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Home Sections Filipino-Veterans' Lobby Mr. Akaka Urges Senate Action on Veterans’ Legislation
Mr. Akaka Urges Senate Action on Veterans’ Legislation PDF Print E-mail
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Sections - Filipino-Veterans' Lobby
Thursday, 15 November 2007 18:25

Dateline Washington, D.C., Nov. 15, 2007

Sen. Daniel K. Akaka, chairman of the United States Senate’s Veterans’ Affairs Committee, today made a floor statement urging action on critical veterans legislation that has been languishing since it was reported to the full Senate in August. He now calls for open debate and up-or-down vote on the floor.

 

Here is Senator Akaka’s floor statement:

Mr. President, last Thursday, November 8, 2007, the Assistant Majority Leader, Senator Durbin, propounded unanimous consent agreements on two bills reported by the Veterans' Affairs Committee - S. 1233, the proposed "Veterans' Traumatic Brain Injury and Other Health Programs Improvement Act of 2007" and S. 1315, the proposed "Veterans Benefits Enhancement Act of 2007.”

Both proposed agreements called for the bills to be considered "at any time determined by the majority leader, following consultation with the Republican leader" and also provided that the only amendments that would be in order would be "first-degree amendments that are relevant to subject matter of the bill."  In other words, the request was for the Senate to take up these two bills, ordered reported by the Committee in late June and reported in August, at some future time with the only exclusion being that no non-relevant amendments would be in order.

Mr. President, it is hard to think of a more modest request for action on legislation. Unfortunately, my friend and colleague, the former Chairman and Ranking Member of the Committee, Senator Craig, objected to both unanimous consent agreements.

In explaining his objection, Senator Craig expressed the view that some provisions in the two bills are "controversial enough to merit considerable floor debate."  Whether I agree with that characterization of the provisions, I would not seek to keep Senator Craig or any other Senator from debating the two bills. As I just noted, that was precisely what the unanimous consent called for - debate, at a mutually agreed upon time, with the only limitation being that any amendment had to be relevant.  Judging by the concerns Senator Craig discussed in his explanation of his objection to the unanimous consent agreement, his amendments would indeed be relevant.

Mr. President, I was patient while our colleagues on the other side of the aisle dealt with the upheaval that followed the unanticipated change in the Minority leadership on the Committee. I recognized that they needed time to reorganize and for Senator Burr to move into his new role as the Committee's Ranking Member. However, that change in the Ranking Member's position occurred over two months ago. It is time to bring these bills to the floor, time to engage in a full and open debate, time to vote on any amendments, and time to allow the Senate to have its say on the bills.

In his objection, Senator Craig spoke of the Committee's history of working in a bipartisan fashion to resolve differences at the Committee level. He is certainly correct that our Committee rarely brings measures to the floor for debate.  However, I do not understand that history to mean that any and all differences of opinion on legislation are resolved before we seek Senate action.  Rather, it is my understanding that the Committee's bipartisan practice means that we seek to negotiate so as to reach agreed upon positions on legislation after legislative hearings and before Committee markups. When we are unable to reach agreement, there is an opportunity for amendments to be offered during markups. After a markup, our traditional practice has been to move forward from a Committee markup without further debate on the floor.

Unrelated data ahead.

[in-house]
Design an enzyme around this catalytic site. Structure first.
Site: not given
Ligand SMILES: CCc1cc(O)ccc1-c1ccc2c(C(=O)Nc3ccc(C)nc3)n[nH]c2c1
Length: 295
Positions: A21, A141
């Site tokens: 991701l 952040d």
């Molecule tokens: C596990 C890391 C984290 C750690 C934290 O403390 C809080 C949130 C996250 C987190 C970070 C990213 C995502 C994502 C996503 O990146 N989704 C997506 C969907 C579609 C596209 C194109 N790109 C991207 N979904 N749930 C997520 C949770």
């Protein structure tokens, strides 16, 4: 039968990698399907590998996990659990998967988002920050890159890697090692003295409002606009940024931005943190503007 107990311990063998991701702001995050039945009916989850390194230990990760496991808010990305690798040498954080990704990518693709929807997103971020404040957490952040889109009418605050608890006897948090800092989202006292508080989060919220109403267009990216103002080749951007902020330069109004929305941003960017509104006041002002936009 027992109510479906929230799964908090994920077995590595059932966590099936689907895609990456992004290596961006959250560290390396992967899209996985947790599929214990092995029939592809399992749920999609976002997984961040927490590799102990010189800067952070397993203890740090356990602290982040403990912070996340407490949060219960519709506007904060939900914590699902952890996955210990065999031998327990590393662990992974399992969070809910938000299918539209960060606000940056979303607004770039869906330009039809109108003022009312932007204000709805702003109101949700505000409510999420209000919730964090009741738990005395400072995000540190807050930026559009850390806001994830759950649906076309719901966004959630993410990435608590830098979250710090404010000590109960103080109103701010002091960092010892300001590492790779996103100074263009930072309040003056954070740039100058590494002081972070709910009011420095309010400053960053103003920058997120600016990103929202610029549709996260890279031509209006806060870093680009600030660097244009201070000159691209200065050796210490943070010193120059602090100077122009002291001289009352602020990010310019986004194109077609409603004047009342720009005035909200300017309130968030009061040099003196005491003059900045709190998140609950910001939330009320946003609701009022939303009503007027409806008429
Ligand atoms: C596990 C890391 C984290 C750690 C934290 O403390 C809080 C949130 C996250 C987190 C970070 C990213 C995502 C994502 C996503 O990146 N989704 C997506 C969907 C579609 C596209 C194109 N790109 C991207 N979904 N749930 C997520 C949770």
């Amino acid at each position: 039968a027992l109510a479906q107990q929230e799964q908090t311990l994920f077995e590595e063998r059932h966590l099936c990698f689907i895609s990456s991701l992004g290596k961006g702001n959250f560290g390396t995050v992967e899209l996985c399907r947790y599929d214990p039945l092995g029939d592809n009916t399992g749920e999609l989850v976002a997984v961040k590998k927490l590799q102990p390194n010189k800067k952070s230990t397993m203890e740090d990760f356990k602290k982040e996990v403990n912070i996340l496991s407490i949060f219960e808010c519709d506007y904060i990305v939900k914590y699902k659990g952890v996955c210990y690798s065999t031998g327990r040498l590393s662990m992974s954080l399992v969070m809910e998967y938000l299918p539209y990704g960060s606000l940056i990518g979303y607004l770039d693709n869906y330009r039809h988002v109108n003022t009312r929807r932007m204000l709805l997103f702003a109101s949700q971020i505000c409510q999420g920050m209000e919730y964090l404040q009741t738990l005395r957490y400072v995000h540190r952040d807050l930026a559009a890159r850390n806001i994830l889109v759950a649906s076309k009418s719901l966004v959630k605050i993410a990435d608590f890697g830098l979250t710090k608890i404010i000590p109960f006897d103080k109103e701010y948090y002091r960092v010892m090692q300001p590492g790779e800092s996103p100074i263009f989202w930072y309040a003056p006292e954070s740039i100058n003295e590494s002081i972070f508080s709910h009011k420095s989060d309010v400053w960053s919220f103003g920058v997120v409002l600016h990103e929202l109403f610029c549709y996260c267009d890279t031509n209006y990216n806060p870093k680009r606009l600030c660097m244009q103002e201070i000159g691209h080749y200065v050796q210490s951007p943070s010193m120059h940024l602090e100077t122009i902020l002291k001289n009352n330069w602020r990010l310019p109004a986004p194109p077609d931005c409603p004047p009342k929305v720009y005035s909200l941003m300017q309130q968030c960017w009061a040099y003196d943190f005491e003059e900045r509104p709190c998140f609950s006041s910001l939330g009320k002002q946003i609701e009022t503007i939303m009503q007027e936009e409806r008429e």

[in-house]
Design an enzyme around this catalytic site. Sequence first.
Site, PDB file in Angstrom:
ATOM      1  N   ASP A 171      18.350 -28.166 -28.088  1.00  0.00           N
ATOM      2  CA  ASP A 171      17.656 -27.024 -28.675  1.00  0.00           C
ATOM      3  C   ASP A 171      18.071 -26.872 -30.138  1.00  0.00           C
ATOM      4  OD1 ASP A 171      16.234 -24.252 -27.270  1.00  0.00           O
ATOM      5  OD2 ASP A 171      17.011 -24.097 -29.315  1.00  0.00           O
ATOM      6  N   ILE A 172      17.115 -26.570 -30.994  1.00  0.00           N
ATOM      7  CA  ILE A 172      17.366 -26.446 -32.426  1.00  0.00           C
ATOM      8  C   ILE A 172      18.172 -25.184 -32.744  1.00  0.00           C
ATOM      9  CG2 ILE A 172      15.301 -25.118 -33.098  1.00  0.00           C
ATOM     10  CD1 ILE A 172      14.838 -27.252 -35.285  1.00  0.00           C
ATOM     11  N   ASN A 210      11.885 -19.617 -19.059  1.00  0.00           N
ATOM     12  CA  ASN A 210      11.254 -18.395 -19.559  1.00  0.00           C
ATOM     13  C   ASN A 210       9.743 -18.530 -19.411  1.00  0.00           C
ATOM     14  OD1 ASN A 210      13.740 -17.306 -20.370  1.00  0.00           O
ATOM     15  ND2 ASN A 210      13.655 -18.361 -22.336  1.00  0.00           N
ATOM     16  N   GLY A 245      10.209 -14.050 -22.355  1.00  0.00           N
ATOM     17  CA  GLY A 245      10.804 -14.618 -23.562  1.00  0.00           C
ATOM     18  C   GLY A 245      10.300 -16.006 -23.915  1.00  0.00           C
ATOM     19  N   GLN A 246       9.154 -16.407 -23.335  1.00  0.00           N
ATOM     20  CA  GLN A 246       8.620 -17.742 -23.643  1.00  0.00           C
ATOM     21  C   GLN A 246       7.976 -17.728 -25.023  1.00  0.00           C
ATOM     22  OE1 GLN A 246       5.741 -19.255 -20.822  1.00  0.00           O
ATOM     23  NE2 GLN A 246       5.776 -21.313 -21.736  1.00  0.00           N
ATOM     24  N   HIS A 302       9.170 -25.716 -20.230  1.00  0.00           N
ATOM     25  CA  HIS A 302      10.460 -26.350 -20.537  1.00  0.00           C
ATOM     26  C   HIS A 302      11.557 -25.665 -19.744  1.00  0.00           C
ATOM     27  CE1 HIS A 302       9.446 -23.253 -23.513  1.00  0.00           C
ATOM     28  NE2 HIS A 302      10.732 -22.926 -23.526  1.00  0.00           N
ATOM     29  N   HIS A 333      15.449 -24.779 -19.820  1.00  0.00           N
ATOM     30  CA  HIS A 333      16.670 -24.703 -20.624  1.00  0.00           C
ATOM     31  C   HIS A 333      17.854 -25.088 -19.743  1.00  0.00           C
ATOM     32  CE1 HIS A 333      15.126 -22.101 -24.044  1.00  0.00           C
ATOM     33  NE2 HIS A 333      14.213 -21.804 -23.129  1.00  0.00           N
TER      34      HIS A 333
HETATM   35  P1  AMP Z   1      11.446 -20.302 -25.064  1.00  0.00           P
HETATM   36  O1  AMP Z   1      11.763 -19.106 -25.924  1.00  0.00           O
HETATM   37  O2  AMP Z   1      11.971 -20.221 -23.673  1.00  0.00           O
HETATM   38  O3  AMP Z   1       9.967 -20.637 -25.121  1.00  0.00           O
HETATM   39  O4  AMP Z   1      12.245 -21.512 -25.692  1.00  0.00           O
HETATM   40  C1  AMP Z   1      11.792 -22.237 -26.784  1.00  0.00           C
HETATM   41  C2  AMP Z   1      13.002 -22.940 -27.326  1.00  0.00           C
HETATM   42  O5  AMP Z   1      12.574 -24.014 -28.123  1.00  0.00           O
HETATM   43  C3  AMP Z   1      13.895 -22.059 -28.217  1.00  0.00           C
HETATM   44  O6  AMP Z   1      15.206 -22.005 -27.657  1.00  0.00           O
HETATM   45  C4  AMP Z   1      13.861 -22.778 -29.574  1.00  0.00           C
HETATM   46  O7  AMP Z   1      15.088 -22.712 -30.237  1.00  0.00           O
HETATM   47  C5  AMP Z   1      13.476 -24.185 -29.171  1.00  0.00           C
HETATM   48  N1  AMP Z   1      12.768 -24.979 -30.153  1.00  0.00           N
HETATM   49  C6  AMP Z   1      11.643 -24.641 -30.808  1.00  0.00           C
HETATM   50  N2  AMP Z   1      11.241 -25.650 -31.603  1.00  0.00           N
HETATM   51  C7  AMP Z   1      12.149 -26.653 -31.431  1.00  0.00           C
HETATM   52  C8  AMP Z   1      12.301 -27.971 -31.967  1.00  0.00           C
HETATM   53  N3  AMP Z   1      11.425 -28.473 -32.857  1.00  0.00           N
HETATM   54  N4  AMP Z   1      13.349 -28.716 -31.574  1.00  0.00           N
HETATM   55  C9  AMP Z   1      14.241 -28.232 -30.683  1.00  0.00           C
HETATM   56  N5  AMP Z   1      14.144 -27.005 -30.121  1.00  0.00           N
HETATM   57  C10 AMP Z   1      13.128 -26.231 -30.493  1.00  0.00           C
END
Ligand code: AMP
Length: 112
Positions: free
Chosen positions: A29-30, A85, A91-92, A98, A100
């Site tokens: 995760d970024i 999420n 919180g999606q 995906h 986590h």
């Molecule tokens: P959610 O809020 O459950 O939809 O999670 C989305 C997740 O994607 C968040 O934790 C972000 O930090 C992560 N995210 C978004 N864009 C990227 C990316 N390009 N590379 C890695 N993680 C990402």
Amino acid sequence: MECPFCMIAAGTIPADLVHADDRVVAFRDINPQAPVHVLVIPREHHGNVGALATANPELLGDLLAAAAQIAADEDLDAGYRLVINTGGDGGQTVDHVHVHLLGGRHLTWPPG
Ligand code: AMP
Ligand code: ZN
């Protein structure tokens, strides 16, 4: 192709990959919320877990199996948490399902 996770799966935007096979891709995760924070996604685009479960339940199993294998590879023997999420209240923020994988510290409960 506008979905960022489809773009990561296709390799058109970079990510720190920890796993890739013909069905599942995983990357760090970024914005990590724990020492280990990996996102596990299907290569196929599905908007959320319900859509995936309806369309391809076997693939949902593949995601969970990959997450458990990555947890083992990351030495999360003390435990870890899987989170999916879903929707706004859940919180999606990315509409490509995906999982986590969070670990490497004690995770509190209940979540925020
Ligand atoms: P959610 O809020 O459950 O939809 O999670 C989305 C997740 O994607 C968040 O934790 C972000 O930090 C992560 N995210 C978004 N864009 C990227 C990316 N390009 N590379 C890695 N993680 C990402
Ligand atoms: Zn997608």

Mr. President, that approach is exactly what happened in 2005, when Senator Craig was Chairman of the Committee. He and I had negotiated on a variety of legislative initiatives up to the markup but could not reach agreement on a number of matters.  At the markup, I offered amendments – five or six is my memory -- on a number of the issues about which I had strong feelings.  I did not, however, continue to pursue those matters on the floor. And I most assuredly did not do anything to block Senate consideration of the legislation that I had sought to amend. In fact, as Ranking Member, I worked with then-Chairman Craig to gain passage of the legislation by unanimous consent.

While I would certainly appreciate similar cooperation with respect to S. 1233 and S. 1315, I realize that Senator Craig and others may wish to continue to pursue amendments during debate before the full Senate and I am prepared to support that result. All that is needed for that to happen is for agreement to be reached to begin that debate, as set forth in the unanimous consent agreement put forward by Senator Durbin last week.

Mr. President, I do not know why others on the other side of the aisle are blocking this debate.  I urge them to reconsider and to agree to allow the debate to go forward.  Our Committee should finish our work. America's veterans deserve no less. # # #

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Last Updated on Thursday, 15 November 2007 18:26
 

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